Weightlifting: “I don’t want to get too big.”

October 21st, 2009


This is something you’ll hear from time to time, especially from women, in response to the idea of lifting heavier weights.

But here’s the deal: most people who lift weights won’t EVER get big and muscular like the bodybuilders in the picture. Not ever.

Here’s who gets big from weightlifting:

–Men under 25 who work out diligently with heavy weights. (Because of a high natural level of testosterone production.)

–Men and women with uncommon, highly favorable genetics who work out diligently with heavy weights.

–People who take performance-enhancing substances (steroids, growth hormone, etc.) while working out diligently with heavy weights.

–A few others who explicitly pursue a muscular physique through a years-long process of heavy weightlifting AND tailored diet AND careful recovery AND healthy supplementation (e.g. with protein powder).

Many champion bodybuilders fit into all of these categories. Most folks you see at the gym fit into one or none.

The moral of the story: you’re very unlikely to get more muscular than you want to be by accident, and it’s IMPOSSIBLE that it would happen so quickly as to sneak up on you.

One more personal opinion: many people — men and women — looking to lose weight and get fit would look fantastic with ten extra pounds of muscle on them, not because they’d look like Bill Grant flexing in the picture (no risk of that), but because they’d fit better in their clothes, move better, and burn more fat 24/7 with a slightly beefier physique.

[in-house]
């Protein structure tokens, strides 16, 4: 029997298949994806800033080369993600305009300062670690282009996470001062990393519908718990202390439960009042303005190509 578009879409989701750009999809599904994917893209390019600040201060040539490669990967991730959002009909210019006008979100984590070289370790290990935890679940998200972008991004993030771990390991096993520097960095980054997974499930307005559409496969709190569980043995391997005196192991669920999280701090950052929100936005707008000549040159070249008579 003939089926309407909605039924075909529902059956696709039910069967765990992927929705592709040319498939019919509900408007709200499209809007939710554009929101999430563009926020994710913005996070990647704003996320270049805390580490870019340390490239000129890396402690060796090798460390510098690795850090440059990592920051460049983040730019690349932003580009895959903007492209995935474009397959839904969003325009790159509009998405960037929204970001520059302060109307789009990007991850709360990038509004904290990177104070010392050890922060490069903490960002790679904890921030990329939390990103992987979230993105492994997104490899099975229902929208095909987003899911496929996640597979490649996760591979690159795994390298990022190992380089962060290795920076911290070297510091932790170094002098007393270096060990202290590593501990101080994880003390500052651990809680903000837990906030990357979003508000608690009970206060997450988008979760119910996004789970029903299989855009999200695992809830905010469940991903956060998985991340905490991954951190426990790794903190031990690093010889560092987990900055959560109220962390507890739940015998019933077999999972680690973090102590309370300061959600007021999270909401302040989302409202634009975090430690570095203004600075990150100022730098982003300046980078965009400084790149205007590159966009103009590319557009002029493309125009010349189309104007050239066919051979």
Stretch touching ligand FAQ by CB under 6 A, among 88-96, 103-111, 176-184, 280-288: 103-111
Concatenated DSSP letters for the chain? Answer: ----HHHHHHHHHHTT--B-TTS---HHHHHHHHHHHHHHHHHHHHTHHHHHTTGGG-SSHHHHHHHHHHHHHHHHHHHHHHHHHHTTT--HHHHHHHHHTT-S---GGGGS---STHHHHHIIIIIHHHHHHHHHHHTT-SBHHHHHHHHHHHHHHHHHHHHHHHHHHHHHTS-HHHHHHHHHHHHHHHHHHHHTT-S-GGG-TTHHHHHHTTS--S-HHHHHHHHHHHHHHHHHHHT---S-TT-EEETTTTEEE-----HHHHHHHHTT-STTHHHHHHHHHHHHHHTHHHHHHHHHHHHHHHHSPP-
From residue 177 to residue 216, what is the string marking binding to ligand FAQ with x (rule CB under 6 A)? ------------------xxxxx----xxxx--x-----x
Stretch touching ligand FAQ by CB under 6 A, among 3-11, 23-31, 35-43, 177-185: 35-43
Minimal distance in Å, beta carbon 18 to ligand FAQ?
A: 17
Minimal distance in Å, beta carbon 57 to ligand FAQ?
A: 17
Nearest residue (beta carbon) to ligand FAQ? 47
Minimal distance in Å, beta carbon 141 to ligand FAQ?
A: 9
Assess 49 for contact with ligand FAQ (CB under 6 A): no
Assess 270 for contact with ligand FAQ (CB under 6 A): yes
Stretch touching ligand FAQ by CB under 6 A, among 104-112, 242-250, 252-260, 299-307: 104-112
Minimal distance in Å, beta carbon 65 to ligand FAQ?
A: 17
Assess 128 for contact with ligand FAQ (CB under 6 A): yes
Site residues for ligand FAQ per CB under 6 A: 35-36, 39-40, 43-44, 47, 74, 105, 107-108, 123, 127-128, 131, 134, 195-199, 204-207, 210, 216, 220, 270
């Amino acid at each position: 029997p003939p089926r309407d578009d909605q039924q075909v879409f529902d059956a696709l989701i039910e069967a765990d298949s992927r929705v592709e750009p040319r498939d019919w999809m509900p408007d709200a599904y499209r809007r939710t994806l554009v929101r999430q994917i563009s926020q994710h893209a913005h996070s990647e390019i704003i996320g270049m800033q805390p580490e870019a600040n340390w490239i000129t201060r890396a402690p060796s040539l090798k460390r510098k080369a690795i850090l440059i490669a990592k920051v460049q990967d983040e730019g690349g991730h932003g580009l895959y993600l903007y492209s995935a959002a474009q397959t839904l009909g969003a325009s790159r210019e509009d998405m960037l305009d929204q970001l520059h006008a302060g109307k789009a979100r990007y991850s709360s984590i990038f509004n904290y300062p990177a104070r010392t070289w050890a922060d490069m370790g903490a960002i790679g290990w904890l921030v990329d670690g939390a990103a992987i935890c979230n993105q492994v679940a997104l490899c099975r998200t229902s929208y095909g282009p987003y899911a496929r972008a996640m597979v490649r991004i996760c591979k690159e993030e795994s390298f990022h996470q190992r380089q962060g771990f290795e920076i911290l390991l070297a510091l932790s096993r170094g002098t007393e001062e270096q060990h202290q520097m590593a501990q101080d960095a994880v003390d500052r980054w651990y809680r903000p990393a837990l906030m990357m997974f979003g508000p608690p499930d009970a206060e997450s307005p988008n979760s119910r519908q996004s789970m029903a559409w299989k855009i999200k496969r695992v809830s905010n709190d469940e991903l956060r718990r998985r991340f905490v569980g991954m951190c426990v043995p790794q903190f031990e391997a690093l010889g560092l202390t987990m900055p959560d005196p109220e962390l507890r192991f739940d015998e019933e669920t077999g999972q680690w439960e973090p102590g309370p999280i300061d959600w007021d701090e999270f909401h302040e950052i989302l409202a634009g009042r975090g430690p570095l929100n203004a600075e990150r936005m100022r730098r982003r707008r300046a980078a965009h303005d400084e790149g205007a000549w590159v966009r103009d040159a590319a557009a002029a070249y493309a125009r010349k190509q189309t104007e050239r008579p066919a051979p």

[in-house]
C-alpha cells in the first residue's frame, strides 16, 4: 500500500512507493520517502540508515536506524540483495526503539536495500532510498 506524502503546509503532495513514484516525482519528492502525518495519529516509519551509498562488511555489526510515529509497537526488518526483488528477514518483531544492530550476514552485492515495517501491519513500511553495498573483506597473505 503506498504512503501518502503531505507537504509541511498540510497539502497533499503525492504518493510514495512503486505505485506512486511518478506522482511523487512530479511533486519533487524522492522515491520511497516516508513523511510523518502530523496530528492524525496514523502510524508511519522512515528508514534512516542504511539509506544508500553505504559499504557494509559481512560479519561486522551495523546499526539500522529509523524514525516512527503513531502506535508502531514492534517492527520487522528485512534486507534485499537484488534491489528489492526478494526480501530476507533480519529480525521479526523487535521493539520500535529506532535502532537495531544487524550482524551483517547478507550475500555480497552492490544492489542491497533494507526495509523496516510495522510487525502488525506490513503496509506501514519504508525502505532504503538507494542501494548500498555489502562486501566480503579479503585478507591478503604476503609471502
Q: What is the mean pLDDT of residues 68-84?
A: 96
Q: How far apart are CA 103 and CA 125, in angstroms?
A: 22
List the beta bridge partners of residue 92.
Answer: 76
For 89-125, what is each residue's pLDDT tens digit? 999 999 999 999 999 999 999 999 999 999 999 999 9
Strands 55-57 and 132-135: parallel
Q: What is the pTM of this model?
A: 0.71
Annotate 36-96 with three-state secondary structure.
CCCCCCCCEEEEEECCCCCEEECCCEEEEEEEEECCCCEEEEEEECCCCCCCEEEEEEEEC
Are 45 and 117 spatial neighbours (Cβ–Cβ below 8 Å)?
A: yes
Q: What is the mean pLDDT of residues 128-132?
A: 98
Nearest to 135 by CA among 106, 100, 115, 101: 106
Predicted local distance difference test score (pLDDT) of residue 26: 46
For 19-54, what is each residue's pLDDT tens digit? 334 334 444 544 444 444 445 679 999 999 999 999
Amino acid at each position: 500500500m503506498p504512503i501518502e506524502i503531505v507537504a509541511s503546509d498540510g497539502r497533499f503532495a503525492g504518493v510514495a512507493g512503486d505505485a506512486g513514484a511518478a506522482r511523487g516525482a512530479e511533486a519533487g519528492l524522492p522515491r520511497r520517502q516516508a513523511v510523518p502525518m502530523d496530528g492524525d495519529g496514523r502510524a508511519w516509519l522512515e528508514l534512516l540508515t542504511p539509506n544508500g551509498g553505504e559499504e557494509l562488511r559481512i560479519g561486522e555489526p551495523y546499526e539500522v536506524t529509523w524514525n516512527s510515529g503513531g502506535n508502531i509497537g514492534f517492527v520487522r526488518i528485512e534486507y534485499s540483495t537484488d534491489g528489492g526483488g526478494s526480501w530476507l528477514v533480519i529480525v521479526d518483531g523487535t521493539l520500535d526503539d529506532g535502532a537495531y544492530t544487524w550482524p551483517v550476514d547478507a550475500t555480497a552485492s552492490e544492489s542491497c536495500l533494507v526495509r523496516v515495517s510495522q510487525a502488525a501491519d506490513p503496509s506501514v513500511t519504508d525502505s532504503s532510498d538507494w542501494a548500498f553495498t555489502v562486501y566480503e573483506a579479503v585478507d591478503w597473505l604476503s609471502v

Don’t you think?


(Photo via David van der Mark, used under a CC-Share Alike license.)

6 Responses to “Weightlifting: “I don’t want to get too big.””

  1. Ed illig Says:

    The specifics of a given training regimen, effort and focus, diet, frequency (i.e., every other day, 6 days a week, etc.) all contribute to actual and varying results. And yours may vary: Exactly, no one “accidentally” balloons into a body builder. :)

  2. Tim Walker Says:

    One big thing, Ed: many bodybuilders find that they don’t add much muscle unless they’re sleeping *at least* 8 hours/night. Not on average — minimum.

    One more thing: for the typical fitness weightlifter using machines at the gym: working in the range of 12 to 15 reps per set, as many do, is great for building endurance — but not much use for adding mass.

  3. Glenda Says:

    If you ever get to looking like one of these guys, we’re putting you on a stage! We could make some money! :)

  4. kathy sierra Says:

    I LOVE THIS! I worked as a fitness director/personal trainer/aerobics instructor for more than a decade in some of the foofiest southern California gyms (Sports Club/LA), and the “But I don’t want to get too big” was the one that always made us laugh. Our responses varied from: “Don’t worry, we’ll stop you before you start busting out of your Armani’s to, “If it were possible for that to happen accidentally, we would not be in business”. But my favorite came from one of our trainers who posted a sign on the “Body Back Guarantee: if you don’t like your new body as a result of working out, just stop. We guarantee you’ll get the old one back soon.”


  5. Tim Walker Says:

    Love it, Kathy! By the way, in all the time that I’ve been reading your work, following you on Twitter, etc., I never realized that you had been a fitness trainer. Did that motivate your interest in how people learn?

  6. What I’ve Learned So Far » Blog Archive » Please pardon my nerdcrush. Says:

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